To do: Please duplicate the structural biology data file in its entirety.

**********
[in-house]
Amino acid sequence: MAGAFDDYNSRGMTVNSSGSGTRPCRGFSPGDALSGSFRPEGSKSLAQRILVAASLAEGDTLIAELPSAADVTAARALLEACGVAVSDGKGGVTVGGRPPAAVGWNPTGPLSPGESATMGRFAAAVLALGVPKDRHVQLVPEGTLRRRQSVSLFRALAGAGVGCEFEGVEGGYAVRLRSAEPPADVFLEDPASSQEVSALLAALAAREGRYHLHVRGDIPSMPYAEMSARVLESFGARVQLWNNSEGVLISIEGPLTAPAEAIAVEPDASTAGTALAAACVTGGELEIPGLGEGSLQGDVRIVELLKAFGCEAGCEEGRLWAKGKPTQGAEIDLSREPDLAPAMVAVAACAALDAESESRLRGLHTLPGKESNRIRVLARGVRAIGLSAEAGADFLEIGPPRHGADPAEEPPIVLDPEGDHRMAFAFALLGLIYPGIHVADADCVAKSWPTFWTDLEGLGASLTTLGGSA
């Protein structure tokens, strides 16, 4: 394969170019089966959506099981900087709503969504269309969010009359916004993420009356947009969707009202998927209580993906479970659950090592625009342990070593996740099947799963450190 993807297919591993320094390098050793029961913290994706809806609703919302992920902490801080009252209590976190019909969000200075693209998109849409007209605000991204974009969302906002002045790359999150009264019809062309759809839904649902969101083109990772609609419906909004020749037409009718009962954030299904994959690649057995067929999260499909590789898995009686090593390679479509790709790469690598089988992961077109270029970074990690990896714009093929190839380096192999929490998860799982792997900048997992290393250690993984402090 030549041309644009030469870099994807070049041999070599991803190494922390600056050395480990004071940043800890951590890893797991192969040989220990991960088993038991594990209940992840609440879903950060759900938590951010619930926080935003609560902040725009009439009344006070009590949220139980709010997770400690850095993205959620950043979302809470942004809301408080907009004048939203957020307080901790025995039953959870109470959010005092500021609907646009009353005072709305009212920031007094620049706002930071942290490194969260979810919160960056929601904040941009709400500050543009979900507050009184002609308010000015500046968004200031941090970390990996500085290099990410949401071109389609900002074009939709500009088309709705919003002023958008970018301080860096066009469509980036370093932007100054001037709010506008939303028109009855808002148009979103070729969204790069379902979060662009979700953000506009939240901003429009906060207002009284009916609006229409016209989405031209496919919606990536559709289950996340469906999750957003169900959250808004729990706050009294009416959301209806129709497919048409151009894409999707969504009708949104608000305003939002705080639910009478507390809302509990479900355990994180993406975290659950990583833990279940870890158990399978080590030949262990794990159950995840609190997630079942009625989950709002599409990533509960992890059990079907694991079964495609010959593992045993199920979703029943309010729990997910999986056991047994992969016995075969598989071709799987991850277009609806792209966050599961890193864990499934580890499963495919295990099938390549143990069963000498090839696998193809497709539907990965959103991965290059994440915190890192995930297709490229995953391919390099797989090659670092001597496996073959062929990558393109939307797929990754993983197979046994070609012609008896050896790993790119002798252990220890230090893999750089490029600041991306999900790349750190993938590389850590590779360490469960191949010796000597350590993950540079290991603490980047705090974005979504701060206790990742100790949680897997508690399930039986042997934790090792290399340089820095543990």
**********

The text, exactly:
[in-house]
Amino acid sequence: MAGAFDDYNSRGMTVNSSGSGTRPCRGFSPGDALSGSFRPEGSKSLAQRILVAASLAEGDTLIAELPSAADVTAARALLEACGVAVSDGKGGVTVGGRPPAAVGWNPTGPLSPGESATMGRFAAAVLALGVPKDRHVQLVPEGTLRRRQSVSLFRALAGAGVGCEFEGVEGGYAVRLRSAEPPADVFLEDPASSQEVSALLAALAAREGRYHLHVRGDIPSMPYAEMSARVLESFGARVQLWNNSEGVLISIEGPLTAPAEAIAVEPDASTAGTALAAACVTGGELEIPGLGEGSLQGDVRIVELLKAFGCEAGCEEGRLWAKGKPTQGAEIDLSREPDLAPAMVAVAACAALDAESESRLRGLHTLPGKESNRIRVLARGVRAIGLSAEAGADFLEIGPPRHGADPAEEPPIVLDPEGDHRMAFAFALLGLIYPGIHVADADCVAKSWPTFWTDLEGLGASLTTLGGSA
């Protein structure tokens, strides 16, 4: 394969170019089966959506099981900087709503969504269309969010009359916004993420009356947009969707009202998927209580993906479970659950090592625009342990070593996740099947799963450190 993807297919591993320094390098050793029961913290994706809806609703919302992920902490801080009252209590976190019909969000200075693209998109849409007209605000991204974009969302906002002045790359999150009264019809062309759809839904649902969101083109990772609609419906909004020749037409009718009962954030299904994959690649057995067929999260499909590789898995009686090593390679479509790709790469690598089988992961077109270029970074990690990896714009093929190839380096192999929490998860799982792997900048997992290393250690993984402090 030549041309644009030469870099994807070049041999070599991803190494922390600056050395480990004071940043800890951590890893797991192969040989220990991960088993038991594990209940992840609440879903950060759900938590951010619930926080935003609560902040725009009439009344006070009590949220139980709010997770400690850095993205959620950043979302809470942004809301408080907009004048939203957020307080901790025995039953959870109470959010005092500021609907646009009353005072709305009212920031007094620049706002930071942290490194969260979810919160960056929601904040941009709400500050543009979900507050009184002609308010000015500046968004200031941090970390990996500085290099990410949401071109389609900002074009939709500009088309709705919003002023958008970018301080860096066009469509980036370093932007100054001037709010506008939303028109009855808002148009979103070729969204790069379902979060662009979700953000506009939240901003429009906060207002009284009916609006229409016209989405031209496919919606990536559709289950996340469906999750957003169900959250808004729990706050009294009416959301209806129709497919048409151009894409999707969504009708949104608000305003939002705080639910009478507390809302509990479900355990994180993406975290659950990583833990279940870890158990399978080590030949262990794990159950995840609190997630079942009625989950709002599409990533509960992890059990079907694991079964495609010959593992045993199920979703029943309010729990997910999986056991047994992969016995075969598989071709799987991850277009609806792209966050599961890193864990499934580890499963495919295990099938390549143990069963000498090839696998193809497709539907990965959103991965290059994440915190890192995930297709490229995953391919390099797989090659670092001597496996073959062929990558393109939307797929990754993983197979046994070609012609008896050896790993790119002798252990220890230090893999750089490029600041991306999900790349750190993938590389850590590779360490469960191949010796000597350590993950540079290991603490980047705090974005979504701060206790990742100790949680897997508690399930039986042997934790090792290399340089820095543990």